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Saturday, September 15, 2012

Weekend Portfolio Analysis (09-15-2012)

The S&P500 grew 27.85 points this week. That is 1.94% in positive territory and there was plenty of activity in the portfolio including the first two trades of the October cycle.

The firs trade of the week was an SPY 149/151 Bear Call spread. The position was played on Wednesday before the QE3 announcement by the Federal Reserve and while SPY was still hovering around 144.50. Like I said in that article, I was aware that this position could get some hit because the market was not at an extreme level yet, and because there were important releases both on Thursday and Friday. But I decided to enter as I didn't want to miss the opportunity in case of a pull back. Well, I was wrong, and this position is showing a loss right now, although SPY hasn't hit my adjustment point.

(Click on image to enlarge)

Temporary loss $544 probability of success 65.36%.

Then Thursday came with its bloody announcement, and the last position of the September cycle the RUT 860/865 took some hit and resulted in a sizable loss. I closed the position for a loss of $1110. I obviously misplayed this position, that was showing a nice $250 profit a couple of weeks ago. Well, who would have guessed it. Back then it seemed like a very safe position. At least I followed my plan and closed it with RUT at 858. I would have normally rolled over to October right on the spot. But the VIX was just getting crushed and options' implied volatility going down resulting in unattractive prices to sell Out of the Money options. At the time, selling the October RUT 900/905 Bear Call Spread was only yielding a 0.65 credit which was just too small, for a 40 point distance for RUT. So, I decided to just give up on the position and not to adjust/roll at that moment.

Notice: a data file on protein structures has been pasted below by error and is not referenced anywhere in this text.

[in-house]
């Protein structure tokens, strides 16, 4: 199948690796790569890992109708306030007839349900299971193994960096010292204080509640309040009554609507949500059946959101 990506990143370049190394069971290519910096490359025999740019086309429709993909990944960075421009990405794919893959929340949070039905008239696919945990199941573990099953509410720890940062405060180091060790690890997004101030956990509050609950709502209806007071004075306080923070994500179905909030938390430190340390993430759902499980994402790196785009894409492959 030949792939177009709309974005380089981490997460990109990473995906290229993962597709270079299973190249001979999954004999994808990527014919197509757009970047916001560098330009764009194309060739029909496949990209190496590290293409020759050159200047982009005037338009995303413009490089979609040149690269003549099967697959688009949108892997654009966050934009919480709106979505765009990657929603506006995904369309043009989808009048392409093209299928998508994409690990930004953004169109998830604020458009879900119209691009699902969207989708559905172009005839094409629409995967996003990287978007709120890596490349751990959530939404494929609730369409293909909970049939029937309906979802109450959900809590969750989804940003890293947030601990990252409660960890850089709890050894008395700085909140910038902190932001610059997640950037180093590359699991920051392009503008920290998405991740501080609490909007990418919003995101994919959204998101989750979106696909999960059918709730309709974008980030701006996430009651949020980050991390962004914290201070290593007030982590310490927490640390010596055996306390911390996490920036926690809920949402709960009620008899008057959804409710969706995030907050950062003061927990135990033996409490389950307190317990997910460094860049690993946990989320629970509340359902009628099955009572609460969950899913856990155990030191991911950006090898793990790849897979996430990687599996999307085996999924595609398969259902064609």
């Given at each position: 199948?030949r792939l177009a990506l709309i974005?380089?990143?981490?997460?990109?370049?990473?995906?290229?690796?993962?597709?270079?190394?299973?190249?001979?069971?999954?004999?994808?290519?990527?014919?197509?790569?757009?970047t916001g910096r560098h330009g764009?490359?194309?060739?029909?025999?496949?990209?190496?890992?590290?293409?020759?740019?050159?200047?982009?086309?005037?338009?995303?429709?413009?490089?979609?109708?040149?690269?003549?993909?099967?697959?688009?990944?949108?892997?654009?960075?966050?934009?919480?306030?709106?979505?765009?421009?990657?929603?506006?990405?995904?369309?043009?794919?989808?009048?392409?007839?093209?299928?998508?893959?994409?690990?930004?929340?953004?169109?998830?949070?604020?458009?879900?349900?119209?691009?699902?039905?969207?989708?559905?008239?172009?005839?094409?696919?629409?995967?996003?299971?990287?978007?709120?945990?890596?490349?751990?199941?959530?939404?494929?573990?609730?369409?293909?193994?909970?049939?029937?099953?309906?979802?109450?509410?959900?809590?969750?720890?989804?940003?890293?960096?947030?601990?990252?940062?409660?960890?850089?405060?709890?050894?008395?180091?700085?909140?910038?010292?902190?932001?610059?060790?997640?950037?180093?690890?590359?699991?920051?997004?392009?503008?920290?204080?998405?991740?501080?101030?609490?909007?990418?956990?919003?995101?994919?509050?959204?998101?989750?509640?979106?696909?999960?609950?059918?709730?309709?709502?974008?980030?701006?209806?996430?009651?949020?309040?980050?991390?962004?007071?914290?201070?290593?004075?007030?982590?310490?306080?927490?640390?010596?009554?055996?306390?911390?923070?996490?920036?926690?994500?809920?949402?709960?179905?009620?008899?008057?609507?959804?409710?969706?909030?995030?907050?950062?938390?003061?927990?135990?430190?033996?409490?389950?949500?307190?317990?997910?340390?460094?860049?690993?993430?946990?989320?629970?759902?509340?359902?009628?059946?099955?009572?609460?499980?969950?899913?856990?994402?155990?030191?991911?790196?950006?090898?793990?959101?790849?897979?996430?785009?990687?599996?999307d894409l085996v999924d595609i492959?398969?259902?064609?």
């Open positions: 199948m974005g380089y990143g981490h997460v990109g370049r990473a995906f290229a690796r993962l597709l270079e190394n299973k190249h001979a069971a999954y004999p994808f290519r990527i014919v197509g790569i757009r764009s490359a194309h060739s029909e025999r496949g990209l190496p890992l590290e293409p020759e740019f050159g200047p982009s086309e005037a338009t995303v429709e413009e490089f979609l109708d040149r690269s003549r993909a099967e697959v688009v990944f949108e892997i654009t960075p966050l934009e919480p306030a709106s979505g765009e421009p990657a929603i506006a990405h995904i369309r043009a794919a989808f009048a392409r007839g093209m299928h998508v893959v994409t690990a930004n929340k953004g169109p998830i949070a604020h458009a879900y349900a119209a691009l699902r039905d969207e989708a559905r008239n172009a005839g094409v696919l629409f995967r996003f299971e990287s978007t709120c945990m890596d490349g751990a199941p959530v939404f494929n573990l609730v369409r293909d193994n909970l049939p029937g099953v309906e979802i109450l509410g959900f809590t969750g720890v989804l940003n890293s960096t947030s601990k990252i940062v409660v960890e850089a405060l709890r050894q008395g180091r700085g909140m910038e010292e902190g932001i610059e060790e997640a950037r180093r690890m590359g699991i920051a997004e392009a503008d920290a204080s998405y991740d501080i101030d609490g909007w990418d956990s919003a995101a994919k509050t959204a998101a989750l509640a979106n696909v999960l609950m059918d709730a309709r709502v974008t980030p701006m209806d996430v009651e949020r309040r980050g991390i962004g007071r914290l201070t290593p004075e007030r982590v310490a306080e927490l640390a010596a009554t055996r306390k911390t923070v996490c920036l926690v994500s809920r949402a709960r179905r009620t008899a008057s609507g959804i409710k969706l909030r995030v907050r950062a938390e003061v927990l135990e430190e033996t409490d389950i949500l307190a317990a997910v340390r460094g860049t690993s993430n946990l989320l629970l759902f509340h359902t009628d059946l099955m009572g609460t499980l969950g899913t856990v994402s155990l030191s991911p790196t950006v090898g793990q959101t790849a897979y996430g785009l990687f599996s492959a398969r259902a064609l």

With that trade, the September expiration cycle resulted in the first losing month of the track record: a -7.80% performance after commissions. Ouch! The track record is now showing 24 winners, 5 losers and a +29.77% performance after commissions in ten months of trading activity. The loss this month was obviously bad, but things didn't get out of control. A -7.80% for the month is definitely something to expect given the aggressiveness of this strategy. Obviously, I couldn't be simply getting 4% - 6% returns per month forever so easily, and the market eventually catches you and humbles you.